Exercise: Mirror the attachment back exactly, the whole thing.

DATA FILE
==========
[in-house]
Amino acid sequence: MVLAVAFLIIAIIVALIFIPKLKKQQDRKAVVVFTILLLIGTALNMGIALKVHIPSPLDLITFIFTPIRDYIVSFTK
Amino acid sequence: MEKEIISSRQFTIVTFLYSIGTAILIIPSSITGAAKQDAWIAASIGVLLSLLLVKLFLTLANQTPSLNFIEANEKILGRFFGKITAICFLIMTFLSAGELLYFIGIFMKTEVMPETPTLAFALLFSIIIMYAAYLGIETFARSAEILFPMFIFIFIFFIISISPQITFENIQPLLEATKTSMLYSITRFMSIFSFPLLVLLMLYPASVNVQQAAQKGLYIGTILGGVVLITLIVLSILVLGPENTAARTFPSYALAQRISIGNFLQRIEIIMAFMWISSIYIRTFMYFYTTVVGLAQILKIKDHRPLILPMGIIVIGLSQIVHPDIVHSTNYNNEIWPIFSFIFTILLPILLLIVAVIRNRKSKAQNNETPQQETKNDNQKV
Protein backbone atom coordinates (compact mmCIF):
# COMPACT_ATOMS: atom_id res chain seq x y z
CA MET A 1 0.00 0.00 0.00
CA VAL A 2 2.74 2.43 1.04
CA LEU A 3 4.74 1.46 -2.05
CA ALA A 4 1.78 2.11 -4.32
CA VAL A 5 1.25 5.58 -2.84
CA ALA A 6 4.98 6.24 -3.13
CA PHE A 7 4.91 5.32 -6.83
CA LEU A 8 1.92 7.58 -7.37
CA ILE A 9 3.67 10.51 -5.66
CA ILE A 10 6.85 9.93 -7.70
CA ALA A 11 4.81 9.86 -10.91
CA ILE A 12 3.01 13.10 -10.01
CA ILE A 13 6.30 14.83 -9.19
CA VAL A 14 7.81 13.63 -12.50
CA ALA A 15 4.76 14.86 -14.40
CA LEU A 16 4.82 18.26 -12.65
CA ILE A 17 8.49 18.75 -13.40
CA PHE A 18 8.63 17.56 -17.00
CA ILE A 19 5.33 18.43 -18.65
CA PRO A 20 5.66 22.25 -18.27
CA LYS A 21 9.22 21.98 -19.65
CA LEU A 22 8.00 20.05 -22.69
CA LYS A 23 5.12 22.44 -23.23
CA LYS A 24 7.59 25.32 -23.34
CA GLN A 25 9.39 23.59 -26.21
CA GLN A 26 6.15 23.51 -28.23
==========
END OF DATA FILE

[in-house]
Amino acid sequence: MVLAVAFLIIAIIVALIFIPKLKKQQDRKAVVVFTILLLIGTALNMGIALKVHIPSPLDLITFIFTPIRDYIVSFTK
Amino acid sequence: MEKEIISSRQFTIVTFLYSIGTAILIIPSSITGAAKQDAWIAASIGVLLSLLLVKLFLTLANQTPSLNFIEANEKILGRFFGKITAICFLIMTFLSAGELLYFIGIFMKTEVMPETPTLAFALLFSIIIMYAAYLGIETFARSAEILFPMFIFIFIFFIISISPQITFENIQPLLEATKTSMLYSITRFMSIFSFPLLVLLMLYPASVNVQQAAQKGLYIGTILGGVVLITLIVLSILVLGPENTAARTFPSYALAQRISIGNFLQRIEIIMAFMWISSIYIRTFMYFYTTVVGLAQILKIKDHRPLILPMGIIVIGLSQIVHPDIVHSTNYNNEIWPIFSFIFTILLPILLLIVAVIRNRKSKAQNNETPQQETKNDNQKV
Protein backbone atom coordinates (compact mmCIF):
# COMPACT_ATOMS: atom_id res chain seq x y z
CA MET A 1 0.00 0.00 0.00
CA VAL A 2 2.74 2.43 1.04
CA LEU A 3 4.74 1.46 -2.05
CA ALA A 4 1.78 2.11 -4.32
CA VAL A 5 1.25 5.58 -2.84
CA ALA A 6 4.98 6.24 -3.13
CA PHE A 7 4.91 5.32 -6.83
CA LEU A 8 1.92 7.58 -7.37
CA ILE A 9 3.67 10.51 -5.66
CA ILE A 10 6.85 9.93 -7.70
CA ALA A 11 4.81 9.86 -10.91
CA ILE A 12 3.01 13.10 -10.01
CA ILE A 13 6.30 14.83 -9.19
CA VAL A 14 7.81 13.63 -12.50
CA ALA A 15 4.76 14.86 -14.40
CA LEU A 16 4.82 18.26 -12.65
CA ILE A 17 8.49 18.75 -13.40
CA PHE A 18 8.63 17.56 -17.00
CA ILE A 19 5.33 18.43 -18.65
CA PRO A 20 5.66 22.25 -18.27
CA LYS A 21 9.22 21.98 -19.65
CA LEU A 22 8.00 20.05 -22.69
CA LYS A 23 5.12 22.44 -23.23
CA LYS A 24 7.59 25.32 -23.34
CA GLN A 25 9.39 23.59 -26.21
CA GLN A 26 6.15 23.51 -28.23